If you had to make a list of technologies that have ushered in the biggest benefits to the world of manufacturing, wireless connectivity would undoubtedly be right at the top. 

Cellular networks have, among other things, ushered in the era of the Internet of Things in manufacturing environments everywhere. Also commonly referred to as the IoT for short, the Internet of Things refers to sensors, equipment and other assets that are all connected to one another, creating and sharing data at all times. According to one recent study, there were already more than 10 billion IoT devices as of 2021 – a number that is expected to climb to 25.4 billion by as soon as 2030. 

Of course, when you’re talking about that many devices – and the volume of connected devices that would be present in even a small manufacturing operation – the scenario isn’t without its challenges. Too many devices could choke the network, creating bandwidth issues and blocking organizational leaders from the analytics and insight these assets are supposed to bring with them in the first place.


Enter: 5G Connectivity


Thankfully, 5G wireless connectivity is becoming increasingly commonplace and serves as a viable solution to these and other issues that could hamper manufacturing efforts. It brings with it features like: 

  • A data rate of up to 10 Gbps, which is up to 100 times faster than previous generation 4G networks. 
  • Latency rates of one millisecond or less. 
  • 1000 times bandwidth per unit area when compared to 4G. 
  • An increase of literally 100 times the number of devices that can be connected in a particular area over 4G LTE networks.
  • 99.999% availability.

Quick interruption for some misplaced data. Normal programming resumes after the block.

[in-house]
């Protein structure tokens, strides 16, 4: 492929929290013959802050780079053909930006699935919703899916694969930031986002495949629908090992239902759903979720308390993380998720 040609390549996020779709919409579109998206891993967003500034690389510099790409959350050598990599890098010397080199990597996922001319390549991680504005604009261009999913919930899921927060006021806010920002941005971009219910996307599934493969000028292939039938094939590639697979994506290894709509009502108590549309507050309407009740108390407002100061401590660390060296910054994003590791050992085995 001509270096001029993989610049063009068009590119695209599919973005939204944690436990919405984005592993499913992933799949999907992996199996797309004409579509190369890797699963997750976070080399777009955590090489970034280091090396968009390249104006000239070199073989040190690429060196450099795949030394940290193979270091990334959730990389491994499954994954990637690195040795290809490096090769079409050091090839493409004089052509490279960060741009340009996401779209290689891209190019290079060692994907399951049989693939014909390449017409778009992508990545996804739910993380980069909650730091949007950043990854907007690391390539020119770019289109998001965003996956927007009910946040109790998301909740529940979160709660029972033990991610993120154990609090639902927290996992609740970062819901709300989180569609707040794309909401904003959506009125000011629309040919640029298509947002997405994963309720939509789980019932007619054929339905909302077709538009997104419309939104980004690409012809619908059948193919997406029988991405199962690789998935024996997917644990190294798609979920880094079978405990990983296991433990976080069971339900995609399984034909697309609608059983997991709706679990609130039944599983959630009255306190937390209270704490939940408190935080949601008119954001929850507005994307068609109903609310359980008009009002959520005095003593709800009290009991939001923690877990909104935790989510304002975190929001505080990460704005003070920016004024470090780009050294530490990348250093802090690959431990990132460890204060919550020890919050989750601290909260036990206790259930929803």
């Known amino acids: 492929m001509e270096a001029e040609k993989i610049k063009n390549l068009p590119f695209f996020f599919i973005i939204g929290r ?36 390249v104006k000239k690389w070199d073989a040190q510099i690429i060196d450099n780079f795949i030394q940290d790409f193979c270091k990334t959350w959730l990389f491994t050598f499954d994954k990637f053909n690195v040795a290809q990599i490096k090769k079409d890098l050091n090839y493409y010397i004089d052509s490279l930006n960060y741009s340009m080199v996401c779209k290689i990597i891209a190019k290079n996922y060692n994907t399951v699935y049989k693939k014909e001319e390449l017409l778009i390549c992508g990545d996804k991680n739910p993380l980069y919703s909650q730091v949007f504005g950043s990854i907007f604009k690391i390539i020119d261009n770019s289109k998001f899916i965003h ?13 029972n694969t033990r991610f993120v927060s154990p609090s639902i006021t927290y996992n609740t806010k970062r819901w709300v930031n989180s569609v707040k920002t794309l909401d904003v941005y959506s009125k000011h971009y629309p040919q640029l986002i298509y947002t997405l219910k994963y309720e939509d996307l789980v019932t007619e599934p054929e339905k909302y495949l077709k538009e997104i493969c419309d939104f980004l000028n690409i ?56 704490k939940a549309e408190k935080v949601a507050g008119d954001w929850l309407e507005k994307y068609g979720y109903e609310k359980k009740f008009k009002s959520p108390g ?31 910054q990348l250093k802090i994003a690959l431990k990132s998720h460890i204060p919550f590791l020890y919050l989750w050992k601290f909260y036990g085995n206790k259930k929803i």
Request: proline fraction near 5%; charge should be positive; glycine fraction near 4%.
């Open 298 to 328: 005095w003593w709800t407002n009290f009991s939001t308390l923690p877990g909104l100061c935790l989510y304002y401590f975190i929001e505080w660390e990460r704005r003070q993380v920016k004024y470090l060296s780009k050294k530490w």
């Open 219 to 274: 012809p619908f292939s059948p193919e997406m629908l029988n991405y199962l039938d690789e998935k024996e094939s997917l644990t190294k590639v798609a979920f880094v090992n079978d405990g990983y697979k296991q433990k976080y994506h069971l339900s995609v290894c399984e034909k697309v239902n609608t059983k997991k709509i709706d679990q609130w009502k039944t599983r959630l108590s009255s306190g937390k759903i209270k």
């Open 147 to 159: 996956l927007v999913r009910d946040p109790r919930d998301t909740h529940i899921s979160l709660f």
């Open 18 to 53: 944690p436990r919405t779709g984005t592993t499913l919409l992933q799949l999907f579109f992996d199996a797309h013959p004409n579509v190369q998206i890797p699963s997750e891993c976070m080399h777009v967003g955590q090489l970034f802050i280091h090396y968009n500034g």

So essentially what this means is that thanks to 5G, the full potential of the Industrial Internet of Things can finally be realized. Organizational leaders won’t have to pick and choose which devices are connected and which ones aren’t. They won’t have to worry about sensors suddenly being unable to share data due bandwidth issues. Latency won’t delay the amount of time it takes to get to the insight and analytics they need. Everything will happen in real-time, exactly the way it should. 

This also has big implications in terms of things like industrial automation. Now, even smaller businesses will have the speed and coverage necessary to embrace things like collaborative robots that work alongside human employees, even in tight and restricted environments. Truly, 5G connectivity is poised to act as the foundation of “the manufacturing facility of the future.” 

As coverage hits one billion subscriptions by the end of 2022, it’s safe to say that the factory of the future will be here a lot sooner than most people realized.


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